A love letter to Bologna
Last weekend wasn’t my first time in Bologna. I was there on my own in December 2014, walking until I couldn’t walk any more, but despite my exhaustion – the combination of too much walking and not enough sleep – the city left a good impression on me. When my flatmate Tom spontaneously suggested a weekend in Bologna, I was happy to return. Even organising everything at the last minute, it turned out to be an easy, affordable trip. Two hours on the train from Rome (super economy tickets are about 35 euros each way), and we were there.
On our first night, drinking spritzes in the street in Via Zamboni, I was pleased to discover that my feelings about Bologna were unchanged. I felt as much “at home” as it’s possible to be in a city you’ve only visited twice.
I love you, Bologna. I love your architecture – the porticoes that are elegant during the day, and spooky at night; your absurd 12th century towers that lean at precarious angles; your colour scheme of orange, yellow, red and pink. You have class. More class than Rome, if I’m honest. Class, style and cleanliness. We sat in a piazza and marvelled at the lack of rubbish, at your immaculate “cestini intelligenti” (“intelligent bins”).
You have culture, art and history, and are beautiful without being overwhelming. You’re a manageable size, and there’s no intimidating list of “must-see” sights. If that’s a deterrent for tourists, meno male. You wouldn’t be quite so charming if you attracted the crowds of other cities. Florence has the Uffizi and you don’t, but you have soul and Florence doesn’t, so it evens out.
I love your studenty atmosphere, which makes me homesick for Oxford. You have a youthful energy that gives you a sense of excitement, a sense of purpose, saving you from becoming an open air museum. Everyone seems more awake, more engaged.
As a vegetarian I feel unqualified to comment on your food – unfortunately I’ll never be able to eat tortellini with ragu – but I always eat well, and I’ll always have fond memories of my meal at Scacco Matto, and that bowl of polenta and gorgonzola on a cold winter’s night.
You’re everything that I love about Italy – beauty, history, great food, and a more relaxed attitude to life. Without the humidity and mosquitoes you’d be perfect, but it’s just as well you’re not perfect, or I’d consider leaving Rome for you.
I’ll be back soon, Bologna.
(No, I don’t know either)
Where to stay: I had my first Airbnb experience in Bologna, and thankfully it was 100% positive. We stayed at Elena’s apartment, 3 Biciclette, which is just on the edge of the city centre. It was very clean, quiet and comfortable, and I slept really well. At the grand age of 24, I think I’m already getting too old for hostels, so I’ll definitely return to 3 Biciclette the next time I’m in Bologna, and try to choose Airbnb over hostels in future.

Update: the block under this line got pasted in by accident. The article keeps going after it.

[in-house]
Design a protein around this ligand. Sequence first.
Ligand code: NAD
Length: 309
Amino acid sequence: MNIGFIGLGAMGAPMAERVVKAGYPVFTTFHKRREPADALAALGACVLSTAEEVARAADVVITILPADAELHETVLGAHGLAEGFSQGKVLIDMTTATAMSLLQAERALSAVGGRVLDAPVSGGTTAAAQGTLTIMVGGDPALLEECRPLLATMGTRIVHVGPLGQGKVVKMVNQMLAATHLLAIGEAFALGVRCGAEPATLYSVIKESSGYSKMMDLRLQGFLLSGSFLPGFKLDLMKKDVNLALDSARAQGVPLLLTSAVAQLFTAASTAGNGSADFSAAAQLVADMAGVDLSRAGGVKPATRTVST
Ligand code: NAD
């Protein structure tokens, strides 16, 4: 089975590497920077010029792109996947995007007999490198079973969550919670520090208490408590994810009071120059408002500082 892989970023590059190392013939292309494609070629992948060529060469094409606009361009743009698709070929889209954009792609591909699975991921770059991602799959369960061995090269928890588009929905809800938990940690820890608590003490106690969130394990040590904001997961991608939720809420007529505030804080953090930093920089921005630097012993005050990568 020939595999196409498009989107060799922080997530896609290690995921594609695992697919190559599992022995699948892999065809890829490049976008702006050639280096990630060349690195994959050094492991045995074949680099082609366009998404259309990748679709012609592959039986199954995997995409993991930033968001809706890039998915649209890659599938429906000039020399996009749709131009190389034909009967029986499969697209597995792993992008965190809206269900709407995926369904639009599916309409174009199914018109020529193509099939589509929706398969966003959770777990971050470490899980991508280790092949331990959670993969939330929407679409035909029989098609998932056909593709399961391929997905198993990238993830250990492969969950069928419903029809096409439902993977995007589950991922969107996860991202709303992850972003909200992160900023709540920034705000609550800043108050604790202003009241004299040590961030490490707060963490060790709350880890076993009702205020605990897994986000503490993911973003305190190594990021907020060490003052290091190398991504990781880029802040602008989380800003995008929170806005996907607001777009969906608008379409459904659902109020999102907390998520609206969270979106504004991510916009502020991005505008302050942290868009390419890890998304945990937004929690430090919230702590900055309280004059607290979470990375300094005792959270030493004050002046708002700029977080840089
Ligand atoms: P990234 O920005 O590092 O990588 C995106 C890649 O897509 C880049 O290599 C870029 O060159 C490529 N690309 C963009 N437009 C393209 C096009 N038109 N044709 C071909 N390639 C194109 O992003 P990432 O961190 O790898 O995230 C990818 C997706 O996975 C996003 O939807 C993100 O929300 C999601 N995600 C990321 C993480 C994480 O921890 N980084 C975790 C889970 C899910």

Having said that, on my first trip I stayed at one of the few hostels in Bologna, Il Nosadillo. It may even be the only hostel in the city centre. Anyway, I remember having a good experience, apart from the lack of sleep which can only be blamed on other guests, rather than the hostel.
Where to eat: On our first night, our host Elena kindly escorted us to the local pizzeria, Il Sellaio (Via San Donato 31). Only five minutes after ordering our pizzas arrived, and they were absolutely massive (and delicious).
On Saturday night we accidentally ended up having dinner at Scacco Matto (Via Broccaindosso 63), which was mentioned in the guidebook, but which I’d dismissed as soon as I read “30-40 euros per person”. It’s so easy to find good cheap food in Italy that I tend to avoid expensive places. Anyway, it was only when we were sitting in the restaurant and I noticed the tarot cards in the wall that I realised where we were. But it was one of the best mistakes I’ve ever made, because the food was incredible (and worth the extra expense). Bread with burrata, peppers and anchovies, octopus with potato, pear cheesecake with ginger, and excellent wine. The restaurant has a lovely atmosphere too – smart without being stuffy, much like the rest of Bologna.
We had a very filling Sunday lunch at Il Tari (Via Collegio di Spagna 13), a restaurant specialising in pizza and seafood. I’d been there on my first trip to Bologna, and had good memories, so I ordered the same dish – spaghetti alle vongole. Portions are generous, the service is friendly, and the prices are reasonable.